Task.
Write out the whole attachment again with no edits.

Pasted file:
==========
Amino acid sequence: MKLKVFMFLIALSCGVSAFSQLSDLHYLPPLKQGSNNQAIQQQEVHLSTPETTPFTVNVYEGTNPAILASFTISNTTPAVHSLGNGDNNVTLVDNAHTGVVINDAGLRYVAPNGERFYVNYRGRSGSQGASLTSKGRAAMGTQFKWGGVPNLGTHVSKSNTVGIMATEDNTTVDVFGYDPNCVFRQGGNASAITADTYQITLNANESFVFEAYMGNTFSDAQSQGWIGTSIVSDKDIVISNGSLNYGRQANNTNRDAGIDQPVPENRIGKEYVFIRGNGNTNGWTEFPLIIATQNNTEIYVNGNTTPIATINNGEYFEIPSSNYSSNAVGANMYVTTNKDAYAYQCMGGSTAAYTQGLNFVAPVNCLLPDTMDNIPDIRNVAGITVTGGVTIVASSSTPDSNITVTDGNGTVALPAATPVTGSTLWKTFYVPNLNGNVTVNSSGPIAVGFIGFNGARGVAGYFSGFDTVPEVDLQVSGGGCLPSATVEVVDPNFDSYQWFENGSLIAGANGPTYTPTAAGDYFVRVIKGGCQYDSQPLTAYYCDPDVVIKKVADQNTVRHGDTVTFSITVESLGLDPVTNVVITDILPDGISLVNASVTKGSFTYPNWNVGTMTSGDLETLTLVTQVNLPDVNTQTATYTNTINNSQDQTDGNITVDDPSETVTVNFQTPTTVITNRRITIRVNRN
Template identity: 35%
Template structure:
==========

Amino acid sequence: MKLKVFMFLIALSCGVSAFSQLSDLHYLPPLKQGSNNQAIQQQEVHLSTPETTPFTVNVYEGTNPAILASFTISNTTPAVHSLGNGDNNVTLVDNAHTGVVINDAGLRYVAPNGERFYVNYRGRSGSQGASLTSKGRAAMGTQFKWGGVPNLGTHVSKSNTVGIMATEDNTTVDVFGYDPNCVFRQGGNASAITADTYQITLNANESFVFEAYMGNTFSDAQSQGWIGTSIVSDKDIVISNGSLNYGRQANNTNRDAGIDQPVPENRIGKEYVFIRGNGNTNGWTEFPLIIATQNNTEIYVNGNTTPIATINNGEYFEIPSSNYSSNAVGANMYVTTNKDAYAYQCMGGSTAAYTQGLNFVAPVNCLLPDTMDNIPDIRNVAGITVTGGVTIVASSSTPDSNITVTDGNGTVALPAATPVTGSTLWKTFYVPNLNGNVTVNSSGPIAVGFIGFNGARGVAGYFSGFDTVPEVDLQVSGGGCLPSATVEVVDPNFDSYQWFENGSLIAGANGPTYTPTAAGDYFVRVIKGGCQYDSQPLTAYYCDPDVVIKKVADQNTVRHGDTVTFSITVESLGLDPVTNVVITDILPDGISLVNASVTKGSFTYPNWNVGTMTSGDLETLTLVTQVNLPDVNTQTATYTNTINNSQDQTDGNITVDDPSETVTVNFQTPTTVITNRRITIRVNRN
Template identity: 35%
Template structure: